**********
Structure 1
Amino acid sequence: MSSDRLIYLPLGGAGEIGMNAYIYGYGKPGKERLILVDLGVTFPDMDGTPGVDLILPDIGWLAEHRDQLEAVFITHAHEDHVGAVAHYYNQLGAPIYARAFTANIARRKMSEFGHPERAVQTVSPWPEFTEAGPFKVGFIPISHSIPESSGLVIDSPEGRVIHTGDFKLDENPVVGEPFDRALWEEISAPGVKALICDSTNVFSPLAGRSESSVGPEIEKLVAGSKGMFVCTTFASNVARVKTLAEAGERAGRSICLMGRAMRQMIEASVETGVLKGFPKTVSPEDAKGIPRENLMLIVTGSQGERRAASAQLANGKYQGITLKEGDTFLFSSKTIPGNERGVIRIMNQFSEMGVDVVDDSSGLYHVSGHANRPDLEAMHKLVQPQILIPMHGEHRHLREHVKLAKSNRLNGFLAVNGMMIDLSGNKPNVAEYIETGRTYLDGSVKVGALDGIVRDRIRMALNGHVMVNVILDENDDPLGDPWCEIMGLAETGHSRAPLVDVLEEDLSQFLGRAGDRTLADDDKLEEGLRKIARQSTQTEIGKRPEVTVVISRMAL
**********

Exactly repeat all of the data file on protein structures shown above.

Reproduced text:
Structure 1
Amino acid sequence: MSSDRLIYLPLGGAGEIGMNAYIYGYGKPGKERLILVDLGVTFPDMDGTPGVDLILPDIGWLAEHRDQLEAVFITHAHEDHVGAVAHYYNQLGAPIYARAFTANIARRKMSEFGHPERAVQTVSPWPEFTEAGPFKVGFIPISHSIPESSGLVIDSPEGRVIHTGDFKLDENPVVGEPFDRALWEEISAPGVKALICDSTNVFSPLAGRSESSVGPEIEKLVAGSKGMFVCTTFASNVARVKTLAEAGERAGRSICLMGRAMRQMIEASVETGVLKGFPKTVSPEDAKGIPRENLMLIVTGSQGERRAASAQLANGKYQGITLKEGDTFLFSSKTIPGNERGVIRIMNQFSEMGVDVVDDSSGLYHVSGHANRPDLEAMHKLVQPQILIPMHGEHRHLREHVKLAKSNRLNGFLAVNGMMIDLSGNKPNVAEYIETGRTYLDGSVKVGALDGIVRDRIRMALNGHVMVNVILDENDDPLGDPWCEIMGLAETGHSRAPLVDVLEEDLSQFLGRAGDRTLADDDKLEEGLRKIARQSTQTEIGKRPEVTVVISRMAL